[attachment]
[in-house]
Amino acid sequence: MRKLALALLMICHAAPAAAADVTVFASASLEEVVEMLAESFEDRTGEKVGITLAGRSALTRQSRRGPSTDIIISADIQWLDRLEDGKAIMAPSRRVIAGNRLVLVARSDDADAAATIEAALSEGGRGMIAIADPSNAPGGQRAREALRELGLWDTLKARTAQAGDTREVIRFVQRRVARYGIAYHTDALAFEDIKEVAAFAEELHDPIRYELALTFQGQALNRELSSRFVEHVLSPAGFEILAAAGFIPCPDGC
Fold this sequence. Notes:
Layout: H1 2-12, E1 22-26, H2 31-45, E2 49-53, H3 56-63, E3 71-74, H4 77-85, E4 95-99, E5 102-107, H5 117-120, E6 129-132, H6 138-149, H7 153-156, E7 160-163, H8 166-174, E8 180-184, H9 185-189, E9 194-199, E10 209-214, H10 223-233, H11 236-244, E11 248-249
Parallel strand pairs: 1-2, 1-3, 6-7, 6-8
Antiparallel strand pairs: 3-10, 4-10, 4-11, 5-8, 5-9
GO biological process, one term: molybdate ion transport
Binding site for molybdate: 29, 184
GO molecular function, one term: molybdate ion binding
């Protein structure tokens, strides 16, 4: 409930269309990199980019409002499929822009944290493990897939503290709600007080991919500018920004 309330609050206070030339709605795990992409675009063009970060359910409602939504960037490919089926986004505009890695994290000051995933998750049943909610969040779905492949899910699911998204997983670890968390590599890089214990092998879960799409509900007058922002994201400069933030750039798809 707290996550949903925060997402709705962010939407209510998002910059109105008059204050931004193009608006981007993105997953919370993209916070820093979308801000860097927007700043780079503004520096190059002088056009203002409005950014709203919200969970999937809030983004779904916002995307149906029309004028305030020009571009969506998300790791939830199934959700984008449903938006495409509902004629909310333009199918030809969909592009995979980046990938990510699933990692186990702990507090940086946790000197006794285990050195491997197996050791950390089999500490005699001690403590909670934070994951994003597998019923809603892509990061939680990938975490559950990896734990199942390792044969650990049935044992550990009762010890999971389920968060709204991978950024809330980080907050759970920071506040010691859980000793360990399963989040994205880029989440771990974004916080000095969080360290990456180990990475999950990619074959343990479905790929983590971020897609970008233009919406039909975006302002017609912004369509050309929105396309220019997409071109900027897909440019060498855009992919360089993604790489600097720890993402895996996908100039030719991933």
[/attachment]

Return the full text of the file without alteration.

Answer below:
[in-house]
Amino acid sequence: MRKLALALLMICHAAPAAAADVTVFASASLEEVVEMLAESFEDRTGEKVGITLAGRSALTRQSRRGPSTDIIISADIQWLDRLEDGKAIMAPSRRVIAGNRLVLVARSDDADAAATIEAALSEGGRGMIAIADPSNAPGGQRAREALRELGLWDTLKARTAQAGDTREVIRFVQRRVARYGIAYHTDALAFEDIKEVAAFAEELHDPIRYELALTFQGQALNRELSSRFVEHVLSPAGFEILAAAGFIPCPDGC
Fold this sequence. Notes:
Layout: H1 2-12, E1 22-26, H2 31-45, E2 49-53, H3 56-63, E3 71-74, H4 77-85, E4 95-99, E5 102-107, H5 117-120, E6 129-132, H6 138-149, H7 153-156, E7 160-163, H8 166-174, E8 180-184, H9 185-189, E9 194-199, E10 209-214, H10 223-233, H11 236-244, E11 248-249
Parallel strand pairs: 1-2, 1-3, 6-7, 6-8
Antiparallel strand pairs: 3-10, 4-10, 4-11, 5-8, 5-9
GO biological process, one term: molybdate ion transport
Binding site for molybdate: 29, 184
GO molecular function, one term: molybdate ion binding
């Protein structure tokens, strides 16, 4: 409930269309990199980019409002499929822009944290493990897939503290709600007080991919500018920004 309330609050206070030339709605795990992409675009063009970060359910409602939504960037490919089926986004505009890695994290000051995933998750049943909610969040779905492949899910699911998204997983670890968390590599890089214990092998879960799409509900007058922002994201400069933030750039798809 707290996550949903925060997402709705962010939407209510998002910059109105008059204050931004193009608006981007993105997953919370993209916070820093979308801000860097927007700043780079503004520096190059002088056009203002409005950014709203919200969970999937809030983004779904916002995307149906029309004028305030020009571009969506998300790791939830199934959700984008449903938006495409509902004629909310333009199918030809969909592009995979980046990938990510699933990692186990702990507090940086946790000197006794285990050195491997197996050791950390089999500490005699001690403590909670934070994951994003597998019923809603892509990061939680990938975490559950990896734990199942390792044969650990049935044992550990009762010890999971389920968060709204991978950024809330980080907050759970920071506040010691859980000793360990399963989040994205880029989440771990974004916080000095969080360290990456180990990475999950990619074959343990479905790929983590971020897609970008233009919406039909975006302002017609912004369509050309929105396309220019997409071109900027897909440019060498855009992919360089993604790489600097720890993402895996996908100039030719991933």